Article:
The word came down a little after 2 p.m. ET that he was going to speak, but no one’s quite sure why. Is he about to prove Bob Goodlatte right by announcing a new policy that certain select non-citizens will be flown to the U.S. for treatment? Or is he going to reiterate the wisdom of yesterday’s new CDC guidelines on quarantine, which would allow people who’ve pricked themselves with a needle used on someone with Ebola to go jogging in the local public park?

Maybe he feels obliged to push back on Chris Christie’s media offensive over the (temporary) quarantining of Kaci Hickox. The White House complained to Christie and Andrew Cuomo this past weekend that the prospect of mandatory quarantines will discourage aid workers from volunteering to go to west Africa, which will cause the epidemic there to spread, which in turn will mean a greater risk of asymptomatic Ebola-infected people slipping through the cracks at airports and entering the U.S. (not to mention many more deaths potentially in Africa itself). Could be that the White House, sensing public support for Christie’s position, feels obliged to explain why it’s wrong. And there’s no harm in doing something that’ll make your base happy one week before a major election: Jon Stewart called Christie a dick last night for his quarantine move, which means this is now CW among young progressives if it wasn’t already. Maybe O’s going to call him a dick too, using whatever euphemism the White House may have for that term. (“Irresponsible”?)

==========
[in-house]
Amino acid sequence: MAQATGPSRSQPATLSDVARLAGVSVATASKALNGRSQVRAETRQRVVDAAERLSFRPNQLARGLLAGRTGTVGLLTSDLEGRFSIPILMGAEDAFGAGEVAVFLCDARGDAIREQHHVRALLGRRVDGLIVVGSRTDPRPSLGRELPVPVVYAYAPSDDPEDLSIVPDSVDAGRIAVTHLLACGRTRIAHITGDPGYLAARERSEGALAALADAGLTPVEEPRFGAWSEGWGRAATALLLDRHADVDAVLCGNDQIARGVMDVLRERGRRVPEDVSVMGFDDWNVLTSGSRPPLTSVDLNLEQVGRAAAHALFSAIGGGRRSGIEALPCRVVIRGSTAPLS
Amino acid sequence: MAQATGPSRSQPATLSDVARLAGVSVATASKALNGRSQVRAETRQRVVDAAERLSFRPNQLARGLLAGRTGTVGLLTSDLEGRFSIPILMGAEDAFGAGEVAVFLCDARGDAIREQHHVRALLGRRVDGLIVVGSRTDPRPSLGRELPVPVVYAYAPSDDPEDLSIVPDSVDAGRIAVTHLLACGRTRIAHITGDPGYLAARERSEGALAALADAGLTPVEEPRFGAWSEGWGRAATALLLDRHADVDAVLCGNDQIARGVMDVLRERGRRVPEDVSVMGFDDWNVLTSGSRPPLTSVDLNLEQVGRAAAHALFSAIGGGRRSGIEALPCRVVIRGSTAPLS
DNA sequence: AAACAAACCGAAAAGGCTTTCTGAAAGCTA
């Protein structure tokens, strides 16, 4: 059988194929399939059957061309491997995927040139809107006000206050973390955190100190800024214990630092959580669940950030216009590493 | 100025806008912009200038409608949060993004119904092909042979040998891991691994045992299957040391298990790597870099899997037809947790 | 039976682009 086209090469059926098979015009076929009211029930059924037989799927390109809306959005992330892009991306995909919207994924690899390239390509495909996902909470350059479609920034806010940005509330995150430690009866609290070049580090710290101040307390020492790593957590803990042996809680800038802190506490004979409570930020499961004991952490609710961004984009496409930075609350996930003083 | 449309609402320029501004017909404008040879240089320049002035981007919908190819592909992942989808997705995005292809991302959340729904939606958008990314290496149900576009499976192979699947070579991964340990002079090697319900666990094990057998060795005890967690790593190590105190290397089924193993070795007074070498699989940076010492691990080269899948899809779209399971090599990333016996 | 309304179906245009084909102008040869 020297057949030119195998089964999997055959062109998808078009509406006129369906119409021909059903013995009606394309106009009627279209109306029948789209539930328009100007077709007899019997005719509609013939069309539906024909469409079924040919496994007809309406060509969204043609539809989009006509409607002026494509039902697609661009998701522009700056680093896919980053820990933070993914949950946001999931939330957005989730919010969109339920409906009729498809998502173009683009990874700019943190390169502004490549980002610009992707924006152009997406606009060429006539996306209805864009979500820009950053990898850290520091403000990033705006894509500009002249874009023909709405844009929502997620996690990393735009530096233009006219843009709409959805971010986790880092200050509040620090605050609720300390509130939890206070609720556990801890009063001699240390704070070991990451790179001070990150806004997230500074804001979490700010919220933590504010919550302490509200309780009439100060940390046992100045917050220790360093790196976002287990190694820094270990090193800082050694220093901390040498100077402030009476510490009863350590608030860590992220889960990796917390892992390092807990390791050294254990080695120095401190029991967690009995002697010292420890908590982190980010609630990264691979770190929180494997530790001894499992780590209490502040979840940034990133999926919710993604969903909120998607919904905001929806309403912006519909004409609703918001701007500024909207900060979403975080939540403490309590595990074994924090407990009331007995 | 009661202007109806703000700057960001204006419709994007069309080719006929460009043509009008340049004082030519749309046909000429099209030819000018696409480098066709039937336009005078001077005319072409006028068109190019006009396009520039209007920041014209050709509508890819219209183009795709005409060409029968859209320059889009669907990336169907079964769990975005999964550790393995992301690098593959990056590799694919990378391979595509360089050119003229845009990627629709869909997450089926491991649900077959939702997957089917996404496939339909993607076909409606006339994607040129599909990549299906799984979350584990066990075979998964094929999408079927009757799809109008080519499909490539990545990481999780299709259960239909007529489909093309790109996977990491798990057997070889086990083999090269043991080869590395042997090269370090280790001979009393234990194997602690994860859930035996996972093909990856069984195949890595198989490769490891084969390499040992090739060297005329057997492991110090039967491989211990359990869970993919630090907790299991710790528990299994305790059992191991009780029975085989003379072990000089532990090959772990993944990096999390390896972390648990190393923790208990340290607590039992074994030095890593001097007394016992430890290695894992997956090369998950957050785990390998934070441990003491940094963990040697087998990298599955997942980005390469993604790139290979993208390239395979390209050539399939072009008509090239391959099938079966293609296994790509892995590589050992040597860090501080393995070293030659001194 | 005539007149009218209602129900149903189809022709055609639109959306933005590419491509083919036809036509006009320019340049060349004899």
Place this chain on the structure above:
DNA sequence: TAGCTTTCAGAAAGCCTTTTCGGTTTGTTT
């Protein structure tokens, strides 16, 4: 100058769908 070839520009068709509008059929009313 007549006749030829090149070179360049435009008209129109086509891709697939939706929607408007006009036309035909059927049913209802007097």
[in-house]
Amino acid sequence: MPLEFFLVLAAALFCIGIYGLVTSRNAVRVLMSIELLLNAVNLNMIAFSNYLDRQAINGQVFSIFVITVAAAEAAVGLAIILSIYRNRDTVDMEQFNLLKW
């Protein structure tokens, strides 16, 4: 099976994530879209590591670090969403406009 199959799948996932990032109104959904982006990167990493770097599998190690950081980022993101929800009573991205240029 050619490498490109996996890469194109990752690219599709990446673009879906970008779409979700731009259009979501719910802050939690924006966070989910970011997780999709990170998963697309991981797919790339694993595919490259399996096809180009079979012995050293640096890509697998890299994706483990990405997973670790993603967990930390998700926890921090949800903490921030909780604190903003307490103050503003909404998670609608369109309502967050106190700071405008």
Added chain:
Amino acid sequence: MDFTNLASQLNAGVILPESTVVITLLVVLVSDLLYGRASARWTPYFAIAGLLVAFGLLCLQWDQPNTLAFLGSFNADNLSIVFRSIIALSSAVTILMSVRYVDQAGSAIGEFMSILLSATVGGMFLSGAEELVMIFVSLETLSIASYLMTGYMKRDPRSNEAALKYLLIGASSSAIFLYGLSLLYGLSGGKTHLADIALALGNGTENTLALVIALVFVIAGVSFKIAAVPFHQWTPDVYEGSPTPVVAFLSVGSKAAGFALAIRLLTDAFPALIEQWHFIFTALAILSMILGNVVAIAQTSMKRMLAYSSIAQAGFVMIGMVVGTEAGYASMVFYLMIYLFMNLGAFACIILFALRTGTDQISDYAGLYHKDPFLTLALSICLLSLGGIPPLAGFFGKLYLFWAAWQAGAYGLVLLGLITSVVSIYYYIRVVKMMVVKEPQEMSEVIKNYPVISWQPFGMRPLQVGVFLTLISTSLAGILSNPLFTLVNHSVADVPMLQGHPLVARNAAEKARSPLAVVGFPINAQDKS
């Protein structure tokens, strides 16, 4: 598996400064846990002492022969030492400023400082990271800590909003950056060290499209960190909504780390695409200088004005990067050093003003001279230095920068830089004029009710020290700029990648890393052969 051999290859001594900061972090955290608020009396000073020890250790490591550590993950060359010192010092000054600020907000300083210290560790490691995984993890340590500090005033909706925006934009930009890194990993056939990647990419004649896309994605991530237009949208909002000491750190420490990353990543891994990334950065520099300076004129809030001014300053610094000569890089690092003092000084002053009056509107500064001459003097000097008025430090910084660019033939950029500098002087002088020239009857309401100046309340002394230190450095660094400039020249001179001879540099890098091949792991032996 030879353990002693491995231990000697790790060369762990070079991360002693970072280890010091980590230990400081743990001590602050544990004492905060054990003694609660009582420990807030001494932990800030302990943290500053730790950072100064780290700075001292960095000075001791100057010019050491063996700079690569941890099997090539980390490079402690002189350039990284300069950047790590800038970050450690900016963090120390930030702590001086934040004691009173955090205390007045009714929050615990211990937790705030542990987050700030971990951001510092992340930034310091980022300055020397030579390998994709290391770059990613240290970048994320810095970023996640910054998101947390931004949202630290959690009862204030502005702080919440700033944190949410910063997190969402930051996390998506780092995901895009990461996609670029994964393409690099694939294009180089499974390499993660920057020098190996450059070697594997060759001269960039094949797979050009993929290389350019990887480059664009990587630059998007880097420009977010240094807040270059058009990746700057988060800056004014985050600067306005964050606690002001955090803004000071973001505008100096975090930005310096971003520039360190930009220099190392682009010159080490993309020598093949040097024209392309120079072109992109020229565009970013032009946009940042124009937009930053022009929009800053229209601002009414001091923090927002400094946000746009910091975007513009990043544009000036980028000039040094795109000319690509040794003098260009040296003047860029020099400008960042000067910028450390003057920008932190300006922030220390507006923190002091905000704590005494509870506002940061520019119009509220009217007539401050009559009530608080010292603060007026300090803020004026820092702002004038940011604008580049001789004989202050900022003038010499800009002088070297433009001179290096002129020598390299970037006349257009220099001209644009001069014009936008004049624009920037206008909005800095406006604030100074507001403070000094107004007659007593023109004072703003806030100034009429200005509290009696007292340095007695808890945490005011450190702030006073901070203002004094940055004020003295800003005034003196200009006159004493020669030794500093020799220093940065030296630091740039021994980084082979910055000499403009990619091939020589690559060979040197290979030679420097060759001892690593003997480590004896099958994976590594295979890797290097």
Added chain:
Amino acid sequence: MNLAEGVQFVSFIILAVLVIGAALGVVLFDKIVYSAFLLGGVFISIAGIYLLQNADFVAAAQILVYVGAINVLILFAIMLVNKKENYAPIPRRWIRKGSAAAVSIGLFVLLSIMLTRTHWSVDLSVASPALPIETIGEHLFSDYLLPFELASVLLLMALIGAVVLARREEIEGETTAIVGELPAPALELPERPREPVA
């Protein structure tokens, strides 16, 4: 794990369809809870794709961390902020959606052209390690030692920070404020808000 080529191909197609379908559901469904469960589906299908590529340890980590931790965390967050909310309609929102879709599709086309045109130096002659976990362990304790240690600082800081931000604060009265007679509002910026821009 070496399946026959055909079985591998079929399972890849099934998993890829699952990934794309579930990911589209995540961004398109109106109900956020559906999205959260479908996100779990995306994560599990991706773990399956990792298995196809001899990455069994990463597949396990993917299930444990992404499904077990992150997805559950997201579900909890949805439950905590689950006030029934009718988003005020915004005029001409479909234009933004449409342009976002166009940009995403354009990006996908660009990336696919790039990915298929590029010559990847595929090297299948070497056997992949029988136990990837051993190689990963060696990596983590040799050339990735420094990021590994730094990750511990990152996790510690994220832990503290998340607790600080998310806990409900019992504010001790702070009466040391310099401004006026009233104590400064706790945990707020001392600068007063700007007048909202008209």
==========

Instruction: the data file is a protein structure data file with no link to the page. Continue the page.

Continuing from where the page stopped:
Think Christie, who’s eager to build some conservative bona fides before 2016, will mind being publicly attacked by O over this? Nothing will expunge that burst of chumminess right before the 2012 election, but there’s no harm in the big guy getting on Obama’s bad side with primary season just six months away. Here he is on the Today show this morning emphasizing that he’s standing by his policy in New Jersey. When asked at a campaign stop today what he thinks of Hickox suing him, he said, “Whatever. Get in line.”

Update: The presser’s over and … I’m not sure what the point was beyond a “we’re going to beat this” message. It seems he just wanted to show Americans that he’s taking the problem seriously by holding a presser, even though he didn’t have anything important to say. That in itself is a response to Christie, I suppose.

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